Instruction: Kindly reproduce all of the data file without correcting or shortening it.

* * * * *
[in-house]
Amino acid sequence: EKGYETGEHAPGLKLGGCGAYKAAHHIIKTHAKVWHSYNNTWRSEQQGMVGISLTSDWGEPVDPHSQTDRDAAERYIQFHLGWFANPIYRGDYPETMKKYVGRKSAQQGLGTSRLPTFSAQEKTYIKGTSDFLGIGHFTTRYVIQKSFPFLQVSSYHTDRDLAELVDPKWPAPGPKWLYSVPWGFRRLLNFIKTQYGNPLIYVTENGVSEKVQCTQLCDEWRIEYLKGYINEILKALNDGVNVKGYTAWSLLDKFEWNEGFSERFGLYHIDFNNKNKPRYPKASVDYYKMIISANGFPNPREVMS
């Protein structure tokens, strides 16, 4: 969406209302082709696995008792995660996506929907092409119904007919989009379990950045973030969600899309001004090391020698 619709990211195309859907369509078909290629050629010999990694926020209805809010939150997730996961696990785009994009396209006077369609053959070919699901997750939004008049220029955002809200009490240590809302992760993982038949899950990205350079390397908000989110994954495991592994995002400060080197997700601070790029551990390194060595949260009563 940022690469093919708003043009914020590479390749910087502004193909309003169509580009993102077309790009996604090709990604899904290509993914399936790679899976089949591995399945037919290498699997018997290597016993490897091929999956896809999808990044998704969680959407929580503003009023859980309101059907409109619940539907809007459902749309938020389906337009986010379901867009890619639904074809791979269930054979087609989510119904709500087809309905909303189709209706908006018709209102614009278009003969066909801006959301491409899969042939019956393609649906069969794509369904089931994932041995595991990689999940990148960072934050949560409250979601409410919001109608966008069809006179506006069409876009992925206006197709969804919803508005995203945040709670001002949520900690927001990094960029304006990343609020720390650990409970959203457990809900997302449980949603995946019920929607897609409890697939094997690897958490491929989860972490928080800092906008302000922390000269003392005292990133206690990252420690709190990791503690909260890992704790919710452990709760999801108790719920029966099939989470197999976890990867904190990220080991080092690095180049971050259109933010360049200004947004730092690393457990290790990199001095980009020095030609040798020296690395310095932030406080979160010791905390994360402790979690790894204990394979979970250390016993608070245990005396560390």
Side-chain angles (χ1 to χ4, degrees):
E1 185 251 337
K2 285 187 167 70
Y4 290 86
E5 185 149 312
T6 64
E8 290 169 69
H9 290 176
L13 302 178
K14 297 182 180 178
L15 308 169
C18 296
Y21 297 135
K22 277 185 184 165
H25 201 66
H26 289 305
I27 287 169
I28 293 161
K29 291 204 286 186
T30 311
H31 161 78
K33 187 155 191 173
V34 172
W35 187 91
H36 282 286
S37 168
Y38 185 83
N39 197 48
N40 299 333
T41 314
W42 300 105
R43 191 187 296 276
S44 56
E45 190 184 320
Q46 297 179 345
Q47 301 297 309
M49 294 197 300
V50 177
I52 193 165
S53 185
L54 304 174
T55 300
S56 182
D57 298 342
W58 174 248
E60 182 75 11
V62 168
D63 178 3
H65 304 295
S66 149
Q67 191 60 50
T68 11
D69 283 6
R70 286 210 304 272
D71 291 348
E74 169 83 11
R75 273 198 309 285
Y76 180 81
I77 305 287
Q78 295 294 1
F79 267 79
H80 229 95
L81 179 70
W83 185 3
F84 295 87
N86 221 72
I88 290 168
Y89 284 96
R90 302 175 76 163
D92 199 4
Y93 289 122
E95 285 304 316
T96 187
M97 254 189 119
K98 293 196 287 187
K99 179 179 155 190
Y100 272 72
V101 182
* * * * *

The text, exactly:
[in-house]
Amino acid sequence: EKGYETGEHAPGLKLGGCGAYKAAHHIIKTHAKVWHSYNNTWRSEQQGMVGISLTSDWGEPVDPHSQTDRDAAERYIQFHLGWFANPIYRGDYPETMKKYVGRKSAQQGLGTSRLPTFSAQEKTYIKGTSDFLGIGHFTTRYVIQKSFPFLQVSSYHTDRDLAELVDPKWPAPGPKWLYSVPWGFRRLLNFIKTQYGNPLIYVTENGVSEKVQCTQLCDEWRIEYLKGYINEILKALNDGVNVKGYTAWSLLDKFEWNEGFSERFGLYHIDFNNKNKPRYPKASVDYYKMIISANGFPNPREVMS
């Protein structure tokens, strides 16, 4: 969406209302082709696995008792995660996506929907092409119904007919989009379990950045973030969600899309001004090391020698 619709990211195309859907369509078909290629050629010999990694926020209805809010939150997730996961696990785009994009396209006077369609053959070919699901997750939004008049220029955002809200009490240590809302992760993982038949899950990205350079390397908000989110994954495991592994995002400060080197997700601070790029551990390194060595949260009563 940022690469093919708003043009914020590479390749910087502004193909309003169509580009993102077309790009996604090709990604899904290509993914399936790679899976089949591995399945037919290498699997018997290597016993490897091929999956896809999808990044998704969680959407929580503003009023859980309101059907409109619940539907809007459902749309938020389906337009986010379901867009890619639904074809791979269930054979087609989510119904709500087809309905909303189709209706908006018709209102614009278009003969066909801006959301491409899969042939019956393609649906069969794509369904089931994932041995595991990689999940990148960072934050949560409250979601409410919001109608966008069809006179506006069409876009992925206006197709969804919803508005995203945040709670001002949520900690927001990094960029304006990343609020720390650990409970959203457990809900997302449980949603995946019920929607897609409890697939094997690897958490491929989860972490928080800092906008302000922390000269003392005292990133206690990252420690709190990791503690909260890992704790919710452990709760999801108790719920029966099939989470197999976890990867904190990220080991080092690095180049971050259109933010360049200004947004730092690393457990290790990199001095980009020095030609040798020296690395310095932030406080979160010791905390994360402790979690790894204990394979979970250390016993608070245990005396560390």
Side-chain angles (χ1 to χ4, degrees):
E1 185 251 337
K2 285 187 167 70
Y4 290 86
E5 185 149 312
T6 64
E8 290 169 69
H9 290 176
L13 302 178
K14 297 182 180 178
L15 308 169
C18 296
Y21 297 135
K22 277 185 184 165
H25 201 66
H26 289 305
I27 287 169
I28 293 161
K29 291 204 286 186
T30 311
H31 161 78
K33 187 155 191 173
V34 172
W35 187 91
H36 282 286
S37 168
Y38 185 83
N39 197 48
N40 299 333
T41 314
W42 300 105
R43 191 187 296 276
S44 56
E45 190 184 320
Q46 297 179 345
Q47 301 297 309
M49 294 197 300
V50 177
I52 193 165
S53 185
L54 304 174
T55 300
S56 182
D57 298 342
W58 174 248
E60 182 75 11
V62 168
D63 178 3
H65 304 295
S66 149
Q67 191 60 50
T68 11
D69 283 6
R70 286 210 304 272
D71 291 348
E74 169 83 11
R75 273 198 309 285
Y76 180 81
I77 305 287
Q78 295 294 1
F79 267 79
H80 229 95
L81 179 70
W83 185 3
F84 295 87
N86 221 72
I88 290 168
Y89 284 96
R90 302 175 76 163
D92 199 4
Y93 289 122
E95 285 304 316
T96 187
M97 254 189 119
K98 293 196 287 187
K99 179 179 155 190
Y100 272 72
V101 182